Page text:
Interactivity promotes student participation, especially in online learning where it can be difficult for teachers to assess student engagement (Park, 2015). However, as Park (2015) shows, there is a need for teachers and moderators to assist student learning in interactive terms in order to promote the acquisition of knowledge in online formats. In other words, the online format itself is not enough for students to be engaged: they require some direction, some coordinated exposure to content, and some method of engaging with the content that facilitates interactivity with their peers. Providing feedback in the form of peer responses and reviews is one recommended method that Park (2015) recommends implementing.

Huss, Sela and Eastep (2015) explore some of the barriers to interactivity in the online learning community: they show that teachers have demonstrated a “need to establish quality interactions throughout their distance courses” but have also “acknowledged barriers they perceive in attaining desired levels of human relationship” (p. 4). The barriers to attaining the desired levels of human interaction are, for example, time and space related primarily—but the nature of the medium of online learning is such that there is little an educator can do about overcoming these obstacles within the educational framework presented by distance learning courses. In spite of these obstacles, interactivity can be achieved, but in a limited degree—particularly because student interaction with teachers and other students is limited in terms of actual one-to-one time, face-to-face meetings, and time scheduling.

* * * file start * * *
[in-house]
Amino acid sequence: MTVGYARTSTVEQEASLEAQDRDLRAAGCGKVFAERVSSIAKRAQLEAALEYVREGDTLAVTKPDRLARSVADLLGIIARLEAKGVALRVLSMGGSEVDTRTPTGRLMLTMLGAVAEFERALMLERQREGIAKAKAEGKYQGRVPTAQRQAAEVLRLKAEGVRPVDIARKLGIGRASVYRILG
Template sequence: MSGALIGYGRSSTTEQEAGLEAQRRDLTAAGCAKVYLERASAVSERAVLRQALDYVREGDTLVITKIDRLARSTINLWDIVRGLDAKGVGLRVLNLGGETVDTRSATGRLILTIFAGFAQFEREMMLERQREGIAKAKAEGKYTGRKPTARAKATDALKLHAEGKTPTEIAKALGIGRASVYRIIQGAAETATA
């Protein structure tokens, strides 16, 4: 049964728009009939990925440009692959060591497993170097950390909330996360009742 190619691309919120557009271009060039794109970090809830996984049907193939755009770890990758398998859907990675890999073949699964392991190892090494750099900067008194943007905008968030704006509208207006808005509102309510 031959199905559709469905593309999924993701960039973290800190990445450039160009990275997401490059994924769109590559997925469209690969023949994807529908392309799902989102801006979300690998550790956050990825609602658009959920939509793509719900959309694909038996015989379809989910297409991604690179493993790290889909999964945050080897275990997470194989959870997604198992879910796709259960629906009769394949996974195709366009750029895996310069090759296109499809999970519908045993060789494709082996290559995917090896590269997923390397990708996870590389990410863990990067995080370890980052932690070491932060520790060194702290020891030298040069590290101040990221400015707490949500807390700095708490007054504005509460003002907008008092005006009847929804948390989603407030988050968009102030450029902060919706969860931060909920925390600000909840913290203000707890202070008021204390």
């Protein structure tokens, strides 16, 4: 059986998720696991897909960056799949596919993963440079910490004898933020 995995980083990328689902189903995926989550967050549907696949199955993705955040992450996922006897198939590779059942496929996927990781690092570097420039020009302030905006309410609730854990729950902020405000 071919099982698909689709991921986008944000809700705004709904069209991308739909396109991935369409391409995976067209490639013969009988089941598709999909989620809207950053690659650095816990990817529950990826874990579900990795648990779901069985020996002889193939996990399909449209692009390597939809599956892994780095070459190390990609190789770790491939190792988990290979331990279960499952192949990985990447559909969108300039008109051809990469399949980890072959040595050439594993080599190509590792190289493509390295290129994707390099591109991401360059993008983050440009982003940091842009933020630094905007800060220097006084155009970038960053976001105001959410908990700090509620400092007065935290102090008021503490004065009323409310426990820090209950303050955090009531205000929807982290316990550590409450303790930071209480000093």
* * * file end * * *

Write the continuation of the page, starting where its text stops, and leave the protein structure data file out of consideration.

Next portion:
In spite of these barriers to developing interactivity in online learning, the need for it, as noted among educators, has been met with the development of some successful strategies. Huss et al. (2015) note that the keys to developing a strategy for interactivity...